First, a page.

While reading about MAC (Message Authentication Code) I have faced this sentence:

MAC function must resist existential forgery under chosen-plaintext attacks

but I got confused. What does resist existential mean and what does chosen-plaintext attacks mean? I am new to this field and I need your help so could anybody explain and simplify these two terms?

Explanation with examples would be appreciated.

  • The wiki article you link you explains those terms. What did you find when you read the links? – schroeder Aug 11 '15 at 20:49
  • I am new to this field and I found a lot of terminologies so I got confused and I did not know form where should I begin. – Mo Haidar Aug 11 '15 at 20:57

An existential forgery of a chosen plaintext is having the ability as an attacker to obtain a valid MAC for a plaintext of your chosing, without knowing the key required to generate a correct MAC.

A common vector for this is a timing attack, and that would work like this:

  1. The attacker sends a message, and an HMAC (really just a sequences of bytes the same length as the HMAC) and times the response from the decryption system.

  2. The attacker then sends the same message, and the same pseudo-HMAC repeatedly, with the exception that he now iterates though every (256) possible value for the first byte of the HMAC.

  3. If the decryption system is returning an error immediately on finding a mismatch between bytes, one of these iterations (the one with the same first byte value as calculated by the decryption system) should take slightly longer to return. If the attacker can can detect that difference, he now knows the correct first byte for the correct HMAC for the message given the decryption system's HMAC key.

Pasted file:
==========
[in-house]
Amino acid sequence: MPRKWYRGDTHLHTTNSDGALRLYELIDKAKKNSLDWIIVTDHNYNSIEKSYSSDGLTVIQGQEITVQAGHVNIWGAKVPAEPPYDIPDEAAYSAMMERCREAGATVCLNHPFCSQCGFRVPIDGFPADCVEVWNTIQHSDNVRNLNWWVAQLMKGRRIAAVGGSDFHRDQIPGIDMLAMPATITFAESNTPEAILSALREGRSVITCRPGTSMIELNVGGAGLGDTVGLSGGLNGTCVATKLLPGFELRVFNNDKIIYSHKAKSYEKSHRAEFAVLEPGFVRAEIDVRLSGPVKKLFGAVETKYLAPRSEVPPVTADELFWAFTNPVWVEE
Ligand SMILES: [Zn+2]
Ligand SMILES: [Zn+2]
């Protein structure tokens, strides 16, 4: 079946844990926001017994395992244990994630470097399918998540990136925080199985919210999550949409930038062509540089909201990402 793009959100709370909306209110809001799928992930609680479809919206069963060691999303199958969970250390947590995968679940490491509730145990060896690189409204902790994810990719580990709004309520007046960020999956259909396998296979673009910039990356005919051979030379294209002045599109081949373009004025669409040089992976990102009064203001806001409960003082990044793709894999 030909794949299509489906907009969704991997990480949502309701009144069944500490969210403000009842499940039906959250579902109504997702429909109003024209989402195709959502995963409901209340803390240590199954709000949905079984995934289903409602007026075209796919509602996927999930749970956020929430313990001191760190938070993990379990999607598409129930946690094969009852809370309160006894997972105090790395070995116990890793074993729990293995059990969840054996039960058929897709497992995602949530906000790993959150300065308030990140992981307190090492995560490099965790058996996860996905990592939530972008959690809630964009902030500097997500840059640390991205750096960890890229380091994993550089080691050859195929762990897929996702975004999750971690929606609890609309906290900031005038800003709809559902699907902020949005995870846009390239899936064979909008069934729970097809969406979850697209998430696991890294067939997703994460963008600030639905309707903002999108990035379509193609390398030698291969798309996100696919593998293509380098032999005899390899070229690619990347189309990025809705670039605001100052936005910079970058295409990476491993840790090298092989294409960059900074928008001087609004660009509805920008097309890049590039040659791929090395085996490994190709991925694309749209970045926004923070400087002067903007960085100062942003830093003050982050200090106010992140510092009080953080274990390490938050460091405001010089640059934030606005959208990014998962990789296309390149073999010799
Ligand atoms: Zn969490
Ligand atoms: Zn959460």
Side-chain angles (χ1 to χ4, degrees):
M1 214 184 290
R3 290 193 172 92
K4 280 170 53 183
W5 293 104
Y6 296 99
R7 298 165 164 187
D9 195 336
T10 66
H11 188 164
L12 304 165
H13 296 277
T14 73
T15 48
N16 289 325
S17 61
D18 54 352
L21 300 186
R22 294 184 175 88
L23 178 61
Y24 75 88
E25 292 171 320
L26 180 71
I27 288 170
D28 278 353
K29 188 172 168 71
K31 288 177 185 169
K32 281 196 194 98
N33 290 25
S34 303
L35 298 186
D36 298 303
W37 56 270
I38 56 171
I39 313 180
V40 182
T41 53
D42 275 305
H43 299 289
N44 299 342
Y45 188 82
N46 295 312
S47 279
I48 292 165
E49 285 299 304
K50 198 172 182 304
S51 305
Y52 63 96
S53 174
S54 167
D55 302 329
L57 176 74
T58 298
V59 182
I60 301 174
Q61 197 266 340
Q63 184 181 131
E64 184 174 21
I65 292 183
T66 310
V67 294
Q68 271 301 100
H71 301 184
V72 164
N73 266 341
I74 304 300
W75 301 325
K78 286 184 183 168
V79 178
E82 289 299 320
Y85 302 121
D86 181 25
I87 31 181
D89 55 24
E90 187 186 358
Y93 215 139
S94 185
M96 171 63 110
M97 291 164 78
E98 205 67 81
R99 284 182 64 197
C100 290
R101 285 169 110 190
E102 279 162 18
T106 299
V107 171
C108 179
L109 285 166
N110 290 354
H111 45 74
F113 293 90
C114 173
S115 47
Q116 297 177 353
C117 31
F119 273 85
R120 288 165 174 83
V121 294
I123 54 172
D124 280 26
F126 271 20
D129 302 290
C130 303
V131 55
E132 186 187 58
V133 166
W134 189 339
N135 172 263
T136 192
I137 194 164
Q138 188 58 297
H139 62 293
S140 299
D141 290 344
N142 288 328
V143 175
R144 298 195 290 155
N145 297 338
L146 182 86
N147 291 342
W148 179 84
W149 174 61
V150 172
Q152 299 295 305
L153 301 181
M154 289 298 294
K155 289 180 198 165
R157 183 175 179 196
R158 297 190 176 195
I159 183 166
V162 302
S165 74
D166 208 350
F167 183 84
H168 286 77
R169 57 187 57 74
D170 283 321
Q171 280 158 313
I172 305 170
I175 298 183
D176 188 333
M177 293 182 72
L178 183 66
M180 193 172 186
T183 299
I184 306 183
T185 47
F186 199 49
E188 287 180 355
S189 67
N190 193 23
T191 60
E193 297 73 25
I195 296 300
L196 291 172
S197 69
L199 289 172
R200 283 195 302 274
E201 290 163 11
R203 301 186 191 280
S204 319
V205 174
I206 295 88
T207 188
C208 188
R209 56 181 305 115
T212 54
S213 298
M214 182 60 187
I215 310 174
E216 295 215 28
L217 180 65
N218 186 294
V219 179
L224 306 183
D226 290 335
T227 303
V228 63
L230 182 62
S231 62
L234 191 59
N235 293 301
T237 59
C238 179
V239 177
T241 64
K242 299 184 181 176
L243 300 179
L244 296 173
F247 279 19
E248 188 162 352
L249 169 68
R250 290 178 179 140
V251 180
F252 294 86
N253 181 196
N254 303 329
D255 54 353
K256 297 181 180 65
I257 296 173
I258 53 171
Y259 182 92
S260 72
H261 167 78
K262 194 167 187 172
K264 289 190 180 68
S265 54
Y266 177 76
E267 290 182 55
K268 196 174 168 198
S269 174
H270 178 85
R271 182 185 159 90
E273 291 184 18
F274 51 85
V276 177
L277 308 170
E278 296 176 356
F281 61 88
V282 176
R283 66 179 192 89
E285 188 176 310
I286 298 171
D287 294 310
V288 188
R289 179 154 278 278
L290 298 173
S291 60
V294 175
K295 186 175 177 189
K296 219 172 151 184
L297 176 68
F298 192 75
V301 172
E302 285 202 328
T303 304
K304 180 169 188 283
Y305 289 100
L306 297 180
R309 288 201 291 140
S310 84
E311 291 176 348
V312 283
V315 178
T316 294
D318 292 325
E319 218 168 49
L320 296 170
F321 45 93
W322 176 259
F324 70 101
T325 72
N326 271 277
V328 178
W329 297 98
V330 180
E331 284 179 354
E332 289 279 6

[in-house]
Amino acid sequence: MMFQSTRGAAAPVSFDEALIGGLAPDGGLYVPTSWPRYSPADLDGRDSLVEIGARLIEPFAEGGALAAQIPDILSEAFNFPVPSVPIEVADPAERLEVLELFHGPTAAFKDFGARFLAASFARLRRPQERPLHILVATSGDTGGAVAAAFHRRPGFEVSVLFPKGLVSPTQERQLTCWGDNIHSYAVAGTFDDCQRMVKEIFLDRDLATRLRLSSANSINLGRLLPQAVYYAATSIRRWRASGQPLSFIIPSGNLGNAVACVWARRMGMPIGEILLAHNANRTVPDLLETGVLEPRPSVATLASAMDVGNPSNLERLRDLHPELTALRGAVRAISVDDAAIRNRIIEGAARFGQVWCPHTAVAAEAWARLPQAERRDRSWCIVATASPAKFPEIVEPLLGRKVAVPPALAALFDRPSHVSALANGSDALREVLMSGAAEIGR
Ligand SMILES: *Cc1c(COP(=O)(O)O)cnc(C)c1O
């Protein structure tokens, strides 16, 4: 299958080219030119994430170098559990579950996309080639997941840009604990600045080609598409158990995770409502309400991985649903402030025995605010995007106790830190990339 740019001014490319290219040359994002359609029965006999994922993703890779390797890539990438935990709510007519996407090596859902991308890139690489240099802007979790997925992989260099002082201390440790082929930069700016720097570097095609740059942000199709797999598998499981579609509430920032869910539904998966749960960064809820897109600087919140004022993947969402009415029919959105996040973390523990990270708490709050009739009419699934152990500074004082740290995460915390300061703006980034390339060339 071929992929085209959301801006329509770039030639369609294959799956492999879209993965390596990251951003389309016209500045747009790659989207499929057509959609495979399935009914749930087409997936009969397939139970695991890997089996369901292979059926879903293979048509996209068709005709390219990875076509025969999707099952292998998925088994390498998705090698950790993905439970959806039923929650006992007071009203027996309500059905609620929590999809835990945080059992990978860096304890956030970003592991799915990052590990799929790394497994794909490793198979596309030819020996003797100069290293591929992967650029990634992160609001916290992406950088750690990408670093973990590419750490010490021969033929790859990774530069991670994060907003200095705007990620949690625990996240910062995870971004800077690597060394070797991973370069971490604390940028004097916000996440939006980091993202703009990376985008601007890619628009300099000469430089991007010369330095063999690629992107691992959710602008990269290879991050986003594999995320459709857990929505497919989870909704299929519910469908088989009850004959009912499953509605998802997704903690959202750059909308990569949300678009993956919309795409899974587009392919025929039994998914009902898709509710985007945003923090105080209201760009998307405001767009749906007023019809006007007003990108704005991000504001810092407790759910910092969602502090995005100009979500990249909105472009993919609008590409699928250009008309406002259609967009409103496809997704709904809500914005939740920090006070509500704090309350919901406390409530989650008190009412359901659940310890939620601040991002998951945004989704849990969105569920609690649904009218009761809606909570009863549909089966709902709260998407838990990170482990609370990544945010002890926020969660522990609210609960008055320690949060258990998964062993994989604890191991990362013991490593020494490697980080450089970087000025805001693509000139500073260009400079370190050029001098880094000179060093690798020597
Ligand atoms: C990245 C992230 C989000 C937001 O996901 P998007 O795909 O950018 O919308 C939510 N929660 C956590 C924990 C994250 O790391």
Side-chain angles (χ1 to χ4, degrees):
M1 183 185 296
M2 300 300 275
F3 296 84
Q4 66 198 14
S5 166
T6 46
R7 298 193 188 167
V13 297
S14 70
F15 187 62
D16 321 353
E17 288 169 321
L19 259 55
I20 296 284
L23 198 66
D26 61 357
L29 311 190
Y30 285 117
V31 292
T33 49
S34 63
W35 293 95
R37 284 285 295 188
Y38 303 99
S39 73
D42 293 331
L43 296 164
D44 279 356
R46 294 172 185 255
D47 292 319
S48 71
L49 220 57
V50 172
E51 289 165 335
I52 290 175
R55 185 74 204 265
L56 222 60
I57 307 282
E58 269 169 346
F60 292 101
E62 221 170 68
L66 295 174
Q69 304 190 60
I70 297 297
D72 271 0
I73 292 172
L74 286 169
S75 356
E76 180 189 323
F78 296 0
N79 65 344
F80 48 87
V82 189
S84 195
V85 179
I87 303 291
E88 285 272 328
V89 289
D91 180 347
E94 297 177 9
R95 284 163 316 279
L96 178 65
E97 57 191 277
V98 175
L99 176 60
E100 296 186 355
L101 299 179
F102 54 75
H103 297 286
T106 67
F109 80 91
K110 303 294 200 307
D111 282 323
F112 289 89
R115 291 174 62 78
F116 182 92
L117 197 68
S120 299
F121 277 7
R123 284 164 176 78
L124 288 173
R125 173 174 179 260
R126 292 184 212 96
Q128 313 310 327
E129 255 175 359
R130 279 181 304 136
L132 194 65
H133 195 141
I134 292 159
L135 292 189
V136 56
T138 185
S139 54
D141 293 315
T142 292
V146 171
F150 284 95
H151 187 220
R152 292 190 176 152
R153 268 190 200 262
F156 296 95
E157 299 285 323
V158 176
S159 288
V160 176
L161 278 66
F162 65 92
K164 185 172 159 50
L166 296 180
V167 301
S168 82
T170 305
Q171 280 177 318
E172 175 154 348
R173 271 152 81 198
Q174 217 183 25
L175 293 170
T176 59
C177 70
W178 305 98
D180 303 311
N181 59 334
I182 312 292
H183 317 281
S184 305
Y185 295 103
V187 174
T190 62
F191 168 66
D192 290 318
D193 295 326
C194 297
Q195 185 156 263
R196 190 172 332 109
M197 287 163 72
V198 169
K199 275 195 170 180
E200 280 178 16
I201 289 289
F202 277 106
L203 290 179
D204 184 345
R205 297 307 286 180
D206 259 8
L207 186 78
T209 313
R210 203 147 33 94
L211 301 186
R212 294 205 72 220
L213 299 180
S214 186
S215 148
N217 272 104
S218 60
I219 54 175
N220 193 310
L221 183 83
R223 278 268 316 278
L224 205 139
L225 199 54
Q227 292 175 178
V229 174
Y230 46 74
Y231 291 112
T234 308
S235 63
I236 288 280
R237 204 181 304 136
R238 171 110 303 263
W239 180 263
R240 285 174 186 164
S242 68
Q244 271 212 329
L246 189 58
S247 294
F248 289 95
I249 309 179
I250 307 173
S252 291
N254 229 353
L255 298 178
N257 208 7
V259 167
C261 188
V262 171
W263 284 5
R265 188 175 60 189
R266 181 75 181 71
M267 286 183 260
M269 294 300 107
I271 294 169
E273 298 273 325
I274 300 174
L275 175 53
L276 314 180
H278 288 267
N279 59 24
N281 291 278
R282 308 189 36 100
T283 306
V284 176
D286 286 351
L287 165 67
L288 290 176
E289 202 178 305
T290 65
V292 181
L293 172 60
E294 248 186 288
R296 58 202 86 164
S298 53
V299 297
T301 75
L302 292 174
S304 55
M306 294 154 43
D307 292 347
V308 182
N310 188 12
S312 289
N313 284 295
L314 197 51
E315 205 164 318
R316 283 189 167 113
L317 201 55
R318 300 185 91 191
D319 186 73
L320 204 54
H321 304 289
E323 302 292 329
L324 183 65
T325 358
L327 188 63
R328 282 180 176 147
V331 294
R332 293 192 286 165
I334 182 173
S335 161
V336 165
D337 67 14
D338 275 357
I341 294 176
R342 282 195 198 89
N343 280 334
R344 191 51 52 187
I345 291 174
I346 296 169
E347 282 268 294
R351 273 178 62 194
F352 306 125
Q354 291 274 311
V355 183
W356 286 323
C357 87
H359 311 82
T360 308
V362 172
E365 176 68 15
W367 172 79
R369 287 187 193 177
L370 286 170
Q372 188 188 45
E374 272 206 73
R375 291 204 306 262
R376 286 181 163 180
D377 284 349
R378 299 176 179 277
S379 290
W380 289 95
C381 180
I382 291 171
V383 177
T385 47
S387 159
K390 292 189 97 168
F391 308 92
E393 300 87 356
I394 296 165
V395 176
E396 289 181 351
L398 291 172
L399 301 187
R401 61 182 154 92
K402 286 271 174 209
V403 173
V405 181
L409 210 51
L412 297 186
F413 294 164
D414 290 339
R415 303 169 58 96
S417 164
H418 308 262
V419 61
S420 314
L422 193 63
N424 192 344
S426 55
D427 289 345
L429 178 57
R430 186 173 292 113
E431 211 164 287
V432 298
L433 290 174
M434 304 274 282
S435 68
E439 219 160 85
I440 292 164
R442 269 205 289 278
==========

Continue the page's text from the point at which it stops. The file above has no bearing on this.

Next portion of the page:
4. The attacker sends the same message and HMAC, this time with the known correct first byte, iterating over the second byte, until again, he finds the byte that causes the decryption system to take slightly longer to respond with an error. The attacker now knows the second byte of the correct HMAC.

  5. Rinse and repeat for every successive byte in the HMAC, until a valid HMAC has been derived for the attacker's chosen message, sans key.

This is why HMAC comparison needs to be constant-time, comparing all the bytes of the submitted HMAC to the calculated HMAC before returning a response. This way, no matter the position of any incorrect bytes, the time to error will always be equal. The attacker no longer has a way to tell what or where the incorrect bytes are.

And most of this answer is copied directly from my answer to: Timing attack against HMAC in authenticated encryption? hence the references to HMAC specifically.

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